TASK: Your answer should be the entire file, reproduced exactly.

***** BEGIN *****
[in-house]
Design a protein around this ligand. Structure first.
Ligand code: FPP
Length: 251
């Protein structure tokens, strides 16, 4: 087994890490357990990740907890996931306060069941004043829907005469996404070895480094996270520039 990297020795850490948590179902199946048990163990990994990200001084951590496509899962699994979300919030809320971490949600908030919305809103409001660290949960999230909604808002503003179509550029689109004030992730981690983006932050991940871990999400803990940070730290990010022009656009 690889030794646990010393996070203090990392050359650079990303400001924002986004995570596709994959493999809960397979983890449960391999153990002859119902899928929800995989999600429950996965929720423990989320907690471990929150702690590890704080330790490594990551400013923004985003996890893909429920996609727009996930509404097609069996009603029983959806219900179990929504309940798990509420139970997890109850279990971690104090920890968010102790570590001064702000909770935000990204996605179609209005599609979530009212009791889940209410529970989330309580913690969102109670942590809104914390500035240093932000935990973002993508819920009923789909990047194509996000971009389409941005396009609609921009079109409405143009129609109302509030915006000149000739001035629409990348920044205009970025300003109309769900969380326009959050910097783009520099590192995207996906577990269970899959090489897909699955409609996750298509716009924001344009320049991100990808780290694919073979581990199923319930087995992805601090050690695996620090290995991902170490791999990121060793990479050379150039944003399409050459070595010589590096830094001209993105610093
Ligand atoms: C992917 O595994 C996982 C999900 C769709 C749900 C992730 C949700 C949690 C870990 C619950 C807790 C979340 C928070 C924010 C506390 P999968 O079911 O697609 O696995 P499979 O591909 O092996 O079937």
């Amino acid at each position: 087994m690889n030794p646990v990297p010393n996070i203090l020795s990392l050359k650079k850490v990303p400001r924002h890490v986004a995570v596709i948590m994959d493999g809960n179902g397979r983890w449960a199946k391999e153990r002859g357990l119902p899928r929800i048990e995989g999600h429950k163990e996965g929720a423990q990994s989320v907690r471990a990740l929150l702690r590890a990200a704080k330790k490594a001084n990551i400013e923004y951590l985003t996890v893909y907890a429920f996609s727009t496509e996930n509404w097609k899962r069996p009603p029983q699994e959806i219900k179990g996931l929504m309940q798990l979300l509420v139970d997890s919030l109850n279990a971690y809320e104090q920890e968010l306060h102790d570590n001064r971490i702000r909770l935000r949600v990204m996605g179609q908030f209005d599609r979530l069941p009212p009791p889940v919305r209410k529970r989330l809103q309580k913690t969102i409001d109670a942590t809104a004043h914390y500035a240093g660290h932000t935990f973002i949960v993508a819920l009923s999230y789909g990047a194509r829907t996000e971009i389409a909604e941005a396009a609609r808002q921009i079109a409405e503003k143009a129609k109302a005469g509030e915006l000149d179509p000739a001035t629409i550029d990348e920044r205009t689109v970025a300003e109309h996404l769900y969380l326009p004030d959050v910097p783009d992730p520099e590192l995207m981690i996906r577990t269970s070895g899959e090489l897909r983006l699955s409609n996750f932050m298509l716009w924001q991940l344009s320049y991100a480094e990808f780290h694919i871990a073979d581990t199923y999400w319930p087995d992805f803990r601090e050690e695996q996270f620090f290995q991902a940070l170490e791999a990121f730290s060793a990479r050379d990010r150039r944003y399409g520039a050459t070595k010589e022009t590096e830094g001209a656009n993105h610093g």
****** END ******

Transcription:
[in-house]
Design a protein around this ligand. Structure first.
Ligand code: FPP
Length: 251
């Protein structure tokens, strides 16, 4: 087994890490357990990740907890996931306060069941004043829907005469996404070895480094996270520039 990297020795850490948590179902199946048990163990990994990200001084951590496509899962699994979300919030809320971490949600908030919305809103409001660290949960999230909604808002503003179509550029689109004030992730981690983006932050991940871990999400803990940070730290990010022009656009 690889030794646990010393996070203090990392050359650079990303400001924002986004995570596709994959493999809960397979983890449960391999153990002859119902899928929800995989999600429950996965929720423990989320907690471990929150702690590890704080330790490594990551400013923004985003996890893909429920996609727009996930509404097609069996009603029983959806219900179990929504309940798990509420139970997890109850279990971690104090920890968010102790570590001064702000909770935000990204996605179609209005599609979530009212009791889940209410529970989330309580913690969102109670942590809104914390500035240093932000935990973002993508819920009923789909990047194509996000971009389409941005396009609609921009079109409405143009129609109302509030915006000149000739001035629409990348920044205009970025300003109309769900969380326009959050910097783009520099590192995207996906577990269970899959090489897909699955409609996750298509716009924001344009320049991100990808780290694919073979581990199923319930087995992805601090050690695996620090290995991902170490791999990121060793990479050379150039944003399409050459070595010589590096830094001209993105610093
Ligand atoms: C992917 O595994 C996982 C999900 C769709 C749900 C992730 C949700 C949690 C870990 C619950 C807790 C979340 C928070 C924010 C506390 P999968 O079911 O697609 O696995 P499979 O591909 O092996 O079937």
């Amino acid at each position: 087994m690889n030794p646990v990297p010393n996070i203090l020795s990392l050359k650079k850490v990303p400001r924002h890490v986004a995570v596709i948590m994959d493999g809960n179902g397979r983890w449960a199946k391999e153990r002859g357990l119902p899928r929800i048990e995989g999600h429950k163990e996965g929720a423990q990994s989320v907690r471990a990740l929150l702690r590890a990200a704080k330790k490594a001084n990551i400013e923004y951590l985003t996890v893909y907890a429920f996609s727009t496509e996930n509404w097609k899962r069996p009603p029983q699994e959806i219900k179990g996931l929504m309940q798990l979300l509420v139970d997890s919030l109850n279990a971690y809320e104090q920890e968010l306060h102790d570590n001064r971490i702000r909770l935000r949600v990204m996605g179609q908030f209005d599609r979530l069941p009212p009791p889940v919305r209410k529970r989330l809103q309580k913690t969102i409001d109670a942590t809104a004043h914390y500035a240093g660290h932000t935990f973002i949960v993508a819920l009923s999230y789909g990047a194509r829907t996000e971009i389409a909604e941005a396009a609609r808002q921009i079109a409405e503003k143009a129609k109302a005469g509030e915006l000149d179509p000739a001035t629409i550029d990348e920044r205009t689109v970025a300003e109309h996404l769900y969380l326009p004030d959050v910097p783009d992730p520099e590192l995207m981690i996906r577990t269970s070895g899959e090489l897909r983006l699955s409609n996750f932050m298509l716009w924001q991940l344009s320049y991100a480094e990808f780290h694919i871990a073979d581990t199923y999400w319930p087995d992805f803990r601090e050690e695996q996270f620090f290995q991902a940070l170490e791999a990121f730290s060793a990479r050379d990010r150039r944003y399409g520039a050459t070595k010589e022009t590096e830094g001209a656009n993105h610093g």